Samvel Avagyan

Armenia’s Alcohol Lobby Seeks Easing of TV Adverting Restrictions

Armenian MPs with connections to the alcohol import business have introduced legislation that would remove bans on TV advertising for these products.

Arman Sahakyan, one of the MPs who drafted the bill, is the president of a company called Sovrano, which imports alcoholic beverages, and was the president of the cigarette importer Vidis Distribution from 2008 t0 2012. Vidis was the official representative of Philip Morris International in Armenia.

According to the Armenian government’s website, all the MPs who drafted the legislation belong to the ruling Republican Party of Armenia.

MP Samvel Farmanyan, who introduced the bill, represents a media holding group in Armenia.

What we thus have is a working lobbying uniting the alcoholic beverage industry and the media.

If passed, the bill would allow for TV advertising of beverages containing more than 20% alcohol from 10pm to 6am.

The bill’s sponsors argue that advertising during these hours would not target minors and would pull in one billion AMD in advertising revenue for the financially strapped TV stations.

Right now, legislation only allows for TV advertising of brandy produced in Armenia; this in order to spur domestic production of the beverage. Current laws do allow for strong alcoholic beverages to be advertised in newspapers, except on the first and last pages, and in magazines – except for cover ads.

When compared to other countries, restrictions on alcohol ads aren’t that strict. As of January 1 of this year, even Russia has banned all alcoholic beverage ads, including beer, in the print media. Online advertising for strong alcoholic drink has also been banned.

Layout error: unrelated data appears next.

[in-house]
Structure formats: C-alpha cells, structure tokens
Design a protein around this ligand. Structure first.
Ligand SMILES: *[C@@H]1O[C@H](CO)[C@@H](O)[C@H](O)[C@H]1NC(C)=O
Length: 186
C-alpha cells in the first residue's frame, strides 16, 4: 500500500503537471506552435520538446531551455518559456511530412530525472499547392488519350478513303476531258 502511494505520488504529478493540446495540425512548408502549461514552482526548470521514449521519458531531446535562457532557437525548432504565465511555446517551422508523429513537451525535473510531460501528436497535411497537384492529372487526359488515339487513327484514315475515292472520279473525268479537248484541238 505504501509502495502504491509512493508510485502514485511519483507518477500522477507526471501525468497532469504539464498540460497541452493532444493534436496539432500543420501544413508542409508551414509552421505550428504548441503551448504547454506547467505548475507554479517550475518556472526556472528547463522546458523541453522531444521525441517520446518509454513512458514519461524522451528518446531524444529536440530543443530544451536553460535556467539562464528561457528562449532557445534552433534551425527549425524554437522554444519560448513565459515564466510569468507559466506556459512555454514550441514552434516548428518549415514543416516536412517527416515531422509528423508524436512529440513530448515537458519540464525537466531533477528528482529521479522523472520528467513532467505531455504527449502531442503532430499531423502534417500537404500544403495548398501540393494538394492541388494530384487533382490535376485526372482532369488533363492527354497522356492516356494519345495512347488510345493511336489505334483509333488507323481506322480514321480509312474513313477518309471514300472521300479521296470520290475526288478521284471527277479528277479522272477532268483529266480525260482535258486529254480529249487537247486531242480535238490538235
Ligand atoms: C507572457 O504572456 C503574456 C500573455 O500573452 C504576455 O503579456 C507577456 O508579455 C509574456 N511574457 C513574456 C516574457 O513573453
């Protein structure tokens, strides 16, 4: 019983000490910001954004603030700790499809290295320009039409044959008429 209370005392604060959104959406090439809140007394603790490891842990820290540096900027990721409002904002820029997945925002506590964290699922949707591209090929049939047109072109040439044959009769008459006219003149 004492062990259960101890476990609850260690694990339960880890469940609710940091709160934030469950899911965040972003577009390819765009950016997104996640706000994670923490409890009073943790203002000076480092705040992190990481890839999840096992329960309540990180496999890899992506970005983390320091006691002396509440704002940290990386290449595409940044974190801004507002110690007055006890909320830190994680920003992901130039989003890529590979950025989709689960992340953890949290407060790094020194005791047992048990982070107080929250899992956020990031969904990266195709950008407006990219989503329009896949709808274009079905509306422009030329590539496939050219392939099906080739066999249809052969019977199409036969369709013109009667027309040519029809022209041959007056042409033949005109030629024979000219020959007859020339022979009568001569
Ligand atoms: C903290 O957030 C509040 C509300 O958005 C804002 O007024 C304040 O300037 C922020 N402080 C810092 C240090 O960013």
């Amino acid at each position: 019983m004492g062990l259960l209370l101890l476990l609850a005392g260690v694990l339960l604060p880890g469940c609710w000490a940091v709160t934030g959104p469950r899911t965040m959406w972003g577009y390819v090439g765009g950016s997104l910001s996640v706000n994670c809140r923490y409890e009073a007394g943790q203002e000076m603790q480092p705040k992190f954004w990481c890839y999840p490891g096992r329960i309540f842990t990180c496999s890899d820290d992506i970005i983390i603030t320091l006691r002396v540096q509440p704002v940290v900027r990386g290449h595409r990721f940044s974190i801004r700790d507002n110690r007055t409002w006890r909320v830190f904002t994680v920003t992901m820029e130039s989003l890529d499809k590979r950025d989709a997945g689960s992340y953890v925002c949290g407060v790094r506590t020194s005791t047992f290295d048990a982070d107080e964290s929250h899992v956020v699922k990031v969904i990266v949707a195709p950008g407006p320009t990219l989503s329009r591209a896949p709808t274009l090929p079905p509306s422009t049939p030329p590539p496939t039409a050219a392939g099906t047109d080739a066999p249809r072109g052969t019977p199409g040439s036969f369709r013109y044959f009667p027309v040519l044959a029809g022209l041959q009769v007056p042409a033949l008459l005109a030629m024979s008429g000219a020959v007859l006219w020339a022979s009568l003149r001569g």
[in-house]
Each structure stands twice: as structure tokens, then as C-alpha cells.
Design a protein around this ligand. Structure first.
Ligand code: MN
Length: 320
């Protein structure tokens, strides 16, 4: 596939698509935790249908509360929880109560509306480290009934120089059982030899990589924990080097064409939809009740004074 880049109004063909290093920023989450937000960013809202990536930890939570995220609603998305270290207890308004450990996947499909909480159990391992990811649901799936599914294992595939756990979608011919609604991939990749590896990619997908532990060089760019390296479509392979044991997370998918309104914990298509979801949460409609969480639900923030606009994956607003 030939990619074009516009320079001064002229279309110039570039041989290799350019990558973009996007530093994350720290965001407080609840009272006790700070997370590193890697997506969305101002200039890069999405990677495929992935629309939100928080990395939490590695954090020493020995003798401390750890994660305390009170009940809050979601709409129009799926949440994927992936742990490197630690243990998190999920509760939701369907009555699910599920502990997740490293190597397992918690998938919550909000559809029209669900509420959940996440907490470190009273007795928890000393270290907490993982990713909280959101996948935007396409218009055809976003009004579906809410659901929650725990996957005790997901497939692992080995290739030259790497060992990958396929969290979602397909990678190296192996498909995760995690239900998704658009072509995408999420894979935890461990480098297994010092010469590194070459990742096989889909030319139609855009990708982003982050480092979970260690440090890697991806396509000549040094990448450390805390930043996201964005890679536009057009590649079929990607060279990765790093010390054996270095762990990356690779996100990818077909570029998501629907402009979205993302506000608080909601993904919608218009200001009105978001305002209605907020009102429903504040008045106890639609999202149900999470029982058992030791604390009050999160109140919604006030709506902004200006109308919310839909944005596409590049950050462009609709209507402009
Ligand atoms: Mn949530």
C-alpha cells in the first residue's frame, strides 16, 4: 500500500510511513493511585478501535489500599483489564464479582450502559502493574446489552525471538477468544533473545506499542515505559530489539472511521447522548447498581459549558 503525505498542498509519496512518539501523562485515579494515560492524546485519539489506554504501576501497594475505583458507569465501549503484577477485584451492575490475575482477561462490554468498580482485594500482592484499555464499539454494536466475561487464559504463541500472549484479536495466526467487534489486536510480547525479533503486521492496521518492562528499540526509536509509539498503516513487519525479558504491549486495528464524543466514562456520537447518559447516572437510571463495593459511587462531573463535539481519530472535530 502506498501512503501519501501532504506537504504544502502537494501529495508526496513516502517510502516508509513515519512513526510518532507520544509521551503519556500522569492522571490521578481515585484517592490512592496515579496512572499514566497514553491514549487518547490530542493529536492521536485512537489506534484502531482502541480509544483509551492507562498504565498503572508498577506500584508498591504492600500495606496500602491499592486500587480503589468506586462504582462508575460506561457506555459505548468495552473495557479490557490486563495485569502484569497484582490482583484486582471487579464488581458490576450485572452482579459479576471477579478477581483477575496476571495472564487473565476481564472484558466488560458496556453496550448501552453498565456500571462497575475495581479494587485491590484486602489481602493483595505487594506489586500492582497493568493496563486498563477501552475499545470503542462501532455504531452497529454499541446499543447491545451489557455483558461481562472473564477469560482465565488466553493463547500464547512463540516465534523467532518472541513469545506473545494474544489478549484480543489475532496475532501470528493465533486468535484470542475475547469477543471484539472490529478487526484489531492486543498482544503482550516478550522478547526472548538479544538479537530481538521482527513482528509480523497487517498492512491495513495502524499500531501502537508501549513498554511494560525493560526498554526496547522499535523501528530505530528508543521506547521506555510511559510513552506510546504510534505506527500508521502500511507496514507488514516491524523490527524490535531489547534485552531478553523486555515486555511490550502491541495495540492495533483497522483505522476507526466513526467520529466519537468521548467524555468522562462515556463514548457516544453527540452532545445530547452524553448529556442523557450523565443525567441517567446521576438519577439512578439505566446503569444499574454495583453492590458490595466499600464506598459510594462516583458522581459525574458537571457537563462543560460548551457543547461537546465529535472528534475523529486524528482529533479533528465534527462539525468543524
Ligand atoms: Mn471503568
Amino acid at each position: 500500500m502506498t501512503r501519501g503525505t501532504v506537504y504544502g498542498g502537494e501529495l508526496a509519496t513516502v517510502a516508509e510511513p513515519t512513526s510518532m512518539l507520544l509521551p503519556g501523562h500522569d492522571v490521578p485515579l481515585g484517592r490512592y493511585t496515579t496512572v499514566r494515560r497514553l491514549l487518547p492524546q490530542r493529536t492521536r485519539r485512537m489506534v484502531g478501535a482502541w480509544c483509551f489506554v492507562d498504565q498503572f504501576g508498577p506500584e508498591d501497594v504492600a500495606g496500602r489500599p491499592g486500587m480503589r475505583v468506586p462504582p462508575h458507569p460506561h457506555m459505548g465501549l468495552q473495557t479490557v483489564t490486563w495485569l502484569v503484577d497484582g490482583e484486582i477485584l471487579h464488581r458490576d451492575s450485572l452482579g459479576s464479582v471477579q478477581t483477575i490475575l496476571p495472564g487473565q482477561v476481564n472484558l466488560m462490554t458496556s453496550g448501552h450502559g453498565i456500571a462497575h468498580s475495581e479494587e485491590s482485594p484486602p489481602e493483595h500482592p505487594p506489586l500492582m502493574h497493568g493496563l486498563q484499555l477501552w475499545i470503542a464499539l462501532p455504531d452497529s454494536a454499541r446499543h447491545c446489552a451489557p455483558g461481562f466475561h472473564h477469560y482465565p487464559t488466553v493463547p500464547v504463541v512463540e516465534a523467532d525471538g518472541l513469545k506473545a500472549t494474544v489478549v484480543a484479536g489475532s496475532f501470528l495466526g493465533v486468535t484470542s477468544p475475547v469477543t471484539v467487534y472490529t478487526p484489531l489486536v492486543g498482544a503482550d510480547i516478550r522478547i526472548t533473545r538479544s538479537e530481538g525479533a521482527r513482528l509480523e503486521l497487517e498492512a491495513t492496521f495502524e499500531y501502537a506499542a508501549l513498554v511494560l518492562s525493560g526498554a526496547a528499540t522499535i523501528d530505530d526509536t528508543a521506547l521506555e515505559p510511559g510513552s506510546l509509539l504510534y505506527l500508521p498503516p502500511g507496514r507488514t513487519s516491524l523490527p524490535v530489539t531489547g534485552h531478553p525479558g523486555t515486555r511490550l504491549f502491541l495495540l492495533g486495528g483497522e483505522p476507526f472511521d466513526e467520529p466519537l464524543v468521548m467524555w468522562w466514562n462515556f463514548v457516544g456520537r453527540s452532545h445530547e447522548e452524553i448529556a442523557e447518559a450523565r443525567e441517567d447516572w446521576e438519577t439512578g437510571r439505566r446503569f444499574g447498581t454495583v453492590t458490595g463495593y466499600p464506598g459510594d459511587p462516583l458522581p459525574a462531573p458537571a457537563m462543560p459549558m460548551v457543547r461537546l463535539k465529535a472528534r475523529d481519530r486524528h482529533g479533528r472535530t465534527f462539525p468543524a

The World Health Organization has adopted several laws obligating all member states to decrease the damaging influence and role of alcohol in the spread of non-infectious diseases.

It is believed that alcohol aids in the spread of non-infectious diseases, and in the increase of assaults and traffic accidents.

Based on this, Armenia’s Ministry of Health has publicly opposed the bill.

Surprisingly, during a January 9 cabinet session, Prime Minister Tigran Sargsyan defended the bill.

The pluses and minuses of alcohol advertising

Evidence has shown that the drastic and unsubstantiated restriction of alcohol leads to the growth of the black market trade and the spread of drugs.

The medical sector has yet to prove that a moderate use of alcohol poses a health risk. In fact, some studies argue the opposite.

Nevertheless, when it comes to alcohol advertising, the minuses outweigh the pluses.

Not everything being sold in Armenia stores is high quality. In fact, many of the hundreds of vodka brands on the store shelves are not as advertised - they’re rip-offs of better known brands.

Do we actually want advertising for low quality and potentially dangerous alcoholic beverages?

Let’s face facts. Government monitoring of what is being sold to consumers here in Armenia is spotty at best.

There are large quantities of sham vodka being imported to Armenia that is bottled in Russia. And it’s freely sold in stores and supermarkets.

I would suggest that the government prioritizes the regulation of the alcohol beverage market before even considering a relaxation of the advertising laws.

Otherwise, the consequences could be disastrous.